Hospitals' Cuts May Grow as States' Budget Woes Linger
We're half way through 2009 and there is little indication that the last six months of the year are going to be better for hospital employment than the first six months.
In fact, there is a chance that things could get a lot worse well into 2010 as the recession that officially began in December 2007 continues to squeeze the nation. Hospitals already are in the second year of learning to live with tanking portfolios, soft patient volumes, and negative overall margins. Many have already cut staff as a last resort this year. How much longer can they operate before even more widespread and larger layoffs become unavoidable? What happens when they're forced to cut budgets that are already lean?
That's what they're contemplating in Pennsylvania, where Gov. Ed Rendell and the state Senate are at loggerheads over how to cover a $3 billion budget gap. Rendell, in his budget, has proposed cutting $78 million for hospitals. The Senate wants to cut about $280 million in hospital payments, which hospital advocates say would threaten more than 13,000 hospital jobs, directly and indirectly, in affected communities.
"Job cuts of this magnitude will translate into reduced access to hospital care for Pennsylvania's citizens as funding is eliminated for trauma centers, burn centers, obstetrical and neonatal services, medical and health professional education, small and rural hospitals, and hospital services for uninsured adults," says Carolyn F. Scanlan, president and CEO of The Hospital & Healthsystem Association of Pennsylvania.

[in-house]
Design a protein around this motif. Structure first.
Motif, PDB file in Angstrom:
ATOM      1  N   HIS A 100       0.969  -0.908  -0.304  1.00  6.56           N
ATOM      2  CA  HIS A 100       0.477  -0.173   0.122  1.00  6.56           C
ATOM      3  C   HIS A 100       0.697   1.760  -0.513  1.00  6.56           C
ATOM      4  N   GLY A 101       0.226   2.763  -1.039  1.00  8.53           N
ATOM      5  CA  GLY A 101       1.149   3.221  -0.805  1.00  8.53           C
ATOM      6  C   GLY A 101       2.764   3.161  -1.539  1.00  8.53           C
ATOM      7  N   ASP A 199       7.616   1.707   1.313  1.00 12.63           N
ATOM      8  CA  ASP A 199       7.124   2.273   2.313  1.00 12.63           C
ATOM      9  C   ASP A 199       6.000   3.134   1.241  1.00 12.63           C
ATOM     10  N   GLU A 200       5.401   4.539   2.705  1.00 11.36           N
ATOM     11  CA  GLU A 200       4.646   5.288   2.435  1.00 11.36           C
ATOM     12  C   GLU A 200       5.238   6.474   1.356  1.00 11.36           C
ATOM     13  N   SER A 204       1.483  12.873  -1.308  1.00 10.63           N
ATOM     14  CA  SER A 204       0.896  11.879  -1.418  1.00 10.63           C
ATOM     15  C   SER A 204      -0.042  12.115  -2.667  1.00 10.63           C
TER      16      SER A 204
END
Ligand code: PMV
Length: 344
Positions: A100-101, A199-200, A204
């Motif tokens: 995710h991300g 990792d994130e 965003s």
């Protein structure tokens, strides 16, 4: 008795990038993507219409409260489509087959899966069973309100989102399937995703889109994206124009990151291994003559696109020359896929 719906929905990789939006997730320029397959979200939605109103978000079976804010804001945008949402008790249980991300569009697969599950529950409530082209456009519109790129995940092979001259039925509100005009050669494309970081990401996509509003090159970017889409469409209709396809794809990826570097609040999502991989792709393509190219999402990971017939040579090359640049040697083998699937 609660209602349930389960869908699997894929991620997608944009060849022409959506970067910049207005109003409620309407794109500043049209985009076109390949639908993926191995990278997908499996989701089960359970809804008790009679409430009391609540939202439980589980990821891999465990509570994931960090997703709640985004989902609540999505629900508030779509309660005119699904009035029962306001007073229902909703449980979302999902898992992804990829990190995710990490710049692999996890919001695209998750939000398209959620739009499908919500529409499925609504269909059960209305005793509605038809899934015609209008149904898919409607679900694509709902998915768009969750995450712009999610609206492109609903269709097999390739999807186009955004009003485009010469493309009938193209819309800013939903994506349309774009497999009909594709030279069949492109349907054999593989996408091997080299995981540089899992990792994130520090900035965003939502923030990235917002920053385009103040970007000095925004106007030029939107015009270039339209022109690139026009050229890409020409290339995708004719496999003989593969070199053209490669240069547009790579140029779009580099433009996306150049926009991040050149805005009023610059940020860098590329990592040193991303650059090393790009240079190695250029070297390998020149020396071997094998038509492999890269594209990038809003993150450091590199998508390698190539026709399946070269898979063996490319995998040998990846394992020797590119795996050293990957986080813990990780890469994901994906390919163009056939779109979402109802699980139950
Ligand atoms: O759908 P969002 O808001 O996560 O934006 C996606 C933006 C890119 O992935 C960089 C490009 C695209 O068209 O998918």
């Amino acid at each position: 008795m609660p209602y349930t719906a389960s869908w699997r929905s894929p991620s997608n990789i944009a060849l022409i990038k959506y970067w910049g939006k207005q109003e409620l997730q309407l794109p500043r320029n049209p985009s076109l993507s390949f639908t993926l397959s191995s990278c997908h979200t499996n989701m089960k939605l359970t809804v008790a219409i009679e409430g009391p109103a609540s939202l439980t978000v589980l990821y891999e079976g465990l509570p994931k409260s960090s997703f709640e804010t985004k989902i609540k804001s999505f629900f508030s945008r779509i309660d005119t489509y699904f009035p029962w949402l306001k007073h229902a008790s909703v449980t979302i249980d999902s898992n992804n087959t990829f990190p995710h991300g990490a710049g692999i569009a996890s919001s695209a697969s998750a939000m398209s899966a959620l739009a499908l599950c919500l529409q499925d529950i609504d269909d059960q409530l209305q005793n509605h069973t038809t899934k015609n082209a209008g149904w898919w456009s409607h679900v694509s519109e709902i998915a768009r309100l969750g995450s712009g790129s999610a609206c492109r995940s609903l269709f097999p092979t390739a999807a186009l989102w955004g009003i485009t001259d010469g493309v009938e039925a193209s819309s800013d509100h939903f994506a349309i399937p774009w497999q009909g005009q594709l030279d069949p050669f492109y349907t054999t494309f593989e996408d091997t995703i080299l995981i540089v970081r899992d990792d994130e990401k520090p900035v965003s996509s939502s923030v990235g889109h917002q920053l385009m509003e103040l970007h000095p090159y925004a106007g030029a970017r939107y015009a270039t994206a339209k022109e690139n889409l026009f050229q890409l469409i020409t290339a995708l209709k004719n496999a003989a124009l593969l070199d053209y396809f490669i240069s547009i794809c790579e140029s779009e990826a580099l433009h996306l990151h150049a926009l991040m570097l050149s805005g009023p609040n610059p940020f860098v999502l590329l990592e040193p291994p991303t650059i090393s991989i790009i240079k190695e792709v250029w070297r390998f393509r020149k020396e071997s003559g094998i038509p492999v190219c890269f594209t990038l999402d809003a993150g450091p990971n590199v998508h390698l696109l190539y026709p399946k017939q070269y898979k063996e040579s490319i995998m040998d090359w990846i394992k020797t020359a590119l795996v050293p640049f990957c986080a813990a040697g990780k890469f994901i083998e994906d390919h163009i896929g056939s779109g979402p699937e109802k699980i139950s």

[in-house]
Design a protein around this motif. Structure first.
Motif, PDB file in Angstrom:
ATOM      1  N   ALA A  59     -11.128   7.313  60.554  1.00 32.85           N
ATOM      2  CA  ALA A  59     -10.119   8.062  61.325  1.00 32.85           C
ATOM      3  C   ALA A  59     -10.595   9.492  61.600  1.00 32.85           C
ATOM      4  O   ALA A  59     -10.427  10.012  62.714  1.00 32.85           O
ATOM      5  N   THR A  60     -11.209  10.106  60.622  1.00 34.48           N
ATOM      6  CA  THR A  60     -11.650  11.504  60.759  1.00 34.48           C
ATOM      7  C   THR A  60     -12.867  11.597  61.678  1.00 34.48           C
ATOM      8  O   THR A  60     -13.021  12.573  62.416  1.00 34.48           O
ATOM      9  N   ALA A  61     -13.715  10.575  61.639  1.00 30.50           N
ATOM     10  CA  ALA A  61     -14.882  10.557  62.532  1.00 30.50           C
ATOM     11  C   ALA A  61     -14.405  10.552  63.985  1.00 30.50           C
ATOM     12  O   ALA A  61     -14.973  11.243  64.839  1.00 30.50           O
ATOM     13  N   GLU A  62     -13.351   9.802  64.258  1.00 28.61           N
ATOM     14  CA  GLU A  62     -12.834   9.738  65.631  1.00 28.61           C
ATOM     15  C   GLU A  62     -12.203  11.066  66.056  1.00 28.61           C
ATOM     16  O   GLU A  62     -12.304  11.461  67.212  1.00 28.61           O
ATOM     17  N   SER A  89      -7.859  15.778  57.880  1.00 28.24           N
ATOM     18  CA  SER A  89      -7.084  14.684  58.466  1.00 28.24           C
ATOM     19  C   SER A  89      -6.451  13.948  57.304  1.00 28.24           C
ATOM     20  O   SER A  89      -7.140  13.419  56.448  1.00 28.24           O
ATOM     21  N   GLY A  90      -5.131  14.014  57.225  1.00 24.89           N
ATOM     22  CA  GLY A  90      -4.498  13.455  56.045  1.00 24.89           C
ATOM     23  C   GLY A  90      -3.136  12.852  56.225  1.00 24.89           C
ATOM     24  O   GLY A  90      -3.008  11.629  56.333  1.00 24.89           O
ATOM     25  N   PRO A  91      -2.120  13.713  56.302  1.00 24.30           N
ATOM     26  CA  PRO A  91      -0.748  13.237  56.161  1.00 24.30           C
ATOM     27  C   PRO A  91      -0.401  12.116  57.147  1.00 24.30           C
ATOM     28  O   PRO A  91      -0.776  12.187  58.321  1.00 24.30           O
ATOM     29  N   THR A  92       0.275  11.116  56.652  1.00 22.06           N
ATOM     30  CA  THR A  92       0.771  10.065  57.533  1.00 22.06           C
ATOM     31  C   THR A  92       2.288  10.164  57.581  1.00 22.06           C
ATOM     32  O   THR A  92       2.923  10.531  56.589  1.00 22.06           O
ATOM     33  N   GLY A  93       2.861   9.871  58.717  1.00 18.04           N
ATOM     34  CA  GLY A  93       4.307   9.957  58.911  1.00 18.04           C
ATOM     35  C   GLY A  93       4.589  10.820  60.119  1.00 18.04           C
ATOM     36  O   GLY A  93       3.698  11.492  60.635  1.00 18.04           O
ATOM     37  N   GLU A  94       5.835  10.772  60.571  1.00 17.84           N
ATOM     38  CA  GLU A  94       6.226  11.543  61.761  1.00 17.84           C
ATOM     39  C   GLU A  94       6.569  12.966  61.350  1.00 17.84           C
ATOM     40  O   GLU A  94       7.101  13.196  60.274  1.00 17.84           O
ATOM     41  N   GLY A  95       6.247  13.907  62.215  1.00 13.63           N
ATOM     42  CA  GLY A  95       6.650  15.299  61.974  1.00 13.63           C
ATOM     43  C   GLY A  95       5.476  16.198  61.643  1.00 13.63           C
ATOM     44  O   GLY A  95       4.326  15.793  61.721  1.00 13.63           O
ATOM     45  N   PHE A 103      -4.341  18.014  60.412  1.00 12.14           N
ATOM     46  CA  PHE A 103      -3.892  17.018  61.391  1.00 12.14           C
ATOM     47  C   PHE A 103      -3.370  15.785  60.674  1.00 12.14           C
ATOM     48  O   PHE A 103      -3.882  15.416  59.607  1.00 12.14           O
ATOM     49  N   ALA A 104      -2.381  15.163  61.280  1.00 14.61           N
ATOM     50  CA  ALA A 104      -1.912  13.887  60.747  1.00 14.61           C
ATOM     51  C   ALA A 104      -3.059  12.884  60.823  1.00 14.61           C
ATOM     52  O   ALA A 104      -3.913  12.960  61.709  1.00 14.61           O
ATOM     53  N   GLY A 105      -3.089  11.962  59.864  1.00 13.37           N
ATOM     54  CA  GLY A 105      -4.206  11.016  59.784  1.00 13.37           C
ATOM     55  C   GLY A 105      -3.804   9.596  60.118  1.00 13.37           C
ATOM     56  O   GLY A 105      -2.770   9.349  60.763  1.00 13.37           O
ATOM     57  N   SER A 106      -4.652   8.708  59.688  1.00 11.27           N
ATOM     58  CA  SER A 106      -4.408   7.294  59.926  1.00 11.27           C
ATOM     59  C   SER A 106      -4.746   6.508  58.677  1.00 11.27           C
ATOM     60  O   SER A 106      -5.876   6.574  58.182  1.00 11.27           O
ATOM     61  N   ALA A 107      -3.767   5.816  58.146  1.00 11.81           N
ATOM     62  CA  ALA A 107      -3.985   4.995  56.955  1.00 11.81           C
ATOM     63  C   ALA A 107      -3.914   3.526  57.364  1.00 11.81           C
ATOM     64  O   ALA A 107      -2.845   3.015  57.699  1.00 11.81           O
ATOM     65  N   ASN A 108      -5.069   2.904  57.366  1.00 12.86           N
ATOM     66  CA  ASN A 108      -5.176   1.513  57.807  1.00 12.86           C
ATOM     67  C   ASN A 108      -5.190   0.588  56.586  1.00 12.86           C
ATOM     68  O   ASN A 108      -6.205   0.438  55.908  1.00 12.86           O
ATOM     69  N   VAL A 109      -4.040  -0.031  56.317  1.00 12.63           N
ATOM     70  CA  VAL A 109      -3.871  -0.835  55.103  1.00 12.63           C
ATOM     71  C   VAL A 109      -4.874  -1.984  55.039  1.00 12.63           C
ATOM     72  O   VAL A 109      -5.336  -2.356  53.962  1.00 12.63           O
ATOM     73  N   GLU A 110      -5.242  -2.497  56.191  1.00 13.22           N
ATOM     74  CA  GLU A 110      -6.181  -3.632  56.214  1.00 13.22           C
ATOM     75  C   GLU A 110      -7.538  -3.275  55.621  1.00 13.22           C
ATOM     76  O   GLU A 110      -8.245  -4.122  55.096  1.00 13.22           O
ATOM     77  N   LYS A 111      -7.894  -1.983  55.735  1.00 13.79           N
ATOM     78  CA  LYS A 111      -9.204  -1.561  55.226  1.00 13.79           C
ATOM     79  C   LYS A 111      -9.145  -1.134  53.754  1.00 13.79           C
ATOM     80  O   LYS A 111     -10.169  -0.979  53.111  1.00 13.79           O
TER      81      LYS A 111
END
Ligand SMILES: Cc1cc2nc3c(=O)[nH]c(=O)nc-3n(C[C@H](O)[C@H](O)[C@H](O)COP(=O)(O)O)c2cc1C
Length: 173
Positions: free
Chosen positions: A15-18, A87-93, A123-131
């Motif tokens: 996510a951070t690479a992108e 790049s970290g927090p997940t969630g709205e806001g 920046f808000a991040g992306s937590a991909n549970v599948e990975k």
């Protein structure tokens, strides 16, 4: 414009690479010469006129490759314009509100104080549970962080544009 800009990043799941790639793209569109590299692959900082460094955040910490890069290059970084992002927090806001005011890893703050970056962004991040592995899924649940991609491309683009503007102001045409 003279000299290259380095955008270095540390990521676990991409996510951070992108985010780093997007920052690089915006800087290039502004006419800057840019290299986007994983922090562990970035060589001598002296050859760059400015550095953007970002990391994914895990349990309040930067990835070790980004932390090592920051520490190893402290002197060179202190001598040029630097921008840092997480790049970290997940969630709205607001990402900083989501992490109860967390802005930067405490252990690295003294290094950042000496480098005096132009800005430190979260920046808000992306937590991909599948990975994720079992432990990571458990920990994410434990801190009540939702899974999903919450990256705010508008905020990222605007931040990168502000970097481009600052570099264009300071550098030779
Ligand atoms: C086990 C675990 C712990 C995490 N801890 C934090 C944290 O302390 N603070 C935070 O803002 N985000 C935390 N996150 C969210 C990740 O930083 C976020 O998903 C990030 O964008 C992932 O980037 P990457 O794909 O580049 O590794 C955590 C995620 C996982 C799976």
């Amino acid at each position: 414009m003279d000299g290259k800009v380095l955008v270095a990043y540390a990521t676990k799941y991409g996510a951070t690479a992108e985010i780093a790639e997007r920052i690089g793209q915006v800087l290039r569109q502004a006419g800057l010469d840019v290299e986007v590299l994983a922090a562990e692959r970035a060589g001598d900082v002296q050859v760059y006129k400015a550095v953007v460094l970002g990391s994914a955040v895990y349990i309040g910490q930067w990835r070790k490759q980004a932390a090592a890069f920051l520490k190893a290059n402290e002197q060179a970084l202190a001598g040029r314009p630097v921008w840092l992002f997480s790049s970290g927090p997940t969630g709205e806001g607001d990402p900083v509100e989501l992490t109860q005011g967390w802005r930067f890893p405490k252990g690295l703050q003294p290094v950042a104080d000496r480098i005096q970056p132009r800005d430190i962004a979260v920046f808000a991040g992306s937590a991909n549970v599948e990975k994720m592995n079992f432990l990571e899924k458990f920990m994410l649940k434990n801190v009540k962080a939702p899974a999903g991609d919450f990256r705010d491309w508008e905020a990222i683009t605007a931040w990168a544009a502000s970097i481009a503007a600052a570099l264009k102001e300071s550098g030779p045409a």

HAP, which represents about 250 acute- and specialty-care hospitals in the Keystone State, estimates that as many as 4,000 hospital workers have already been laid off statewide since last September in anticipation of the current budget woes.
"Hospitals have already taken significant steps in response to the ongoing recession," Scanlan says. "Before the state budget cuts were proposed, half of all hospitals were already facing challenges in meeting their day-to-day financial obligations; more than eight of 10 hospitals had, or were considering, reducing staff; and nine of 10 hospitals had reduced capital spending for building improvements, renovations, or new medical equipment."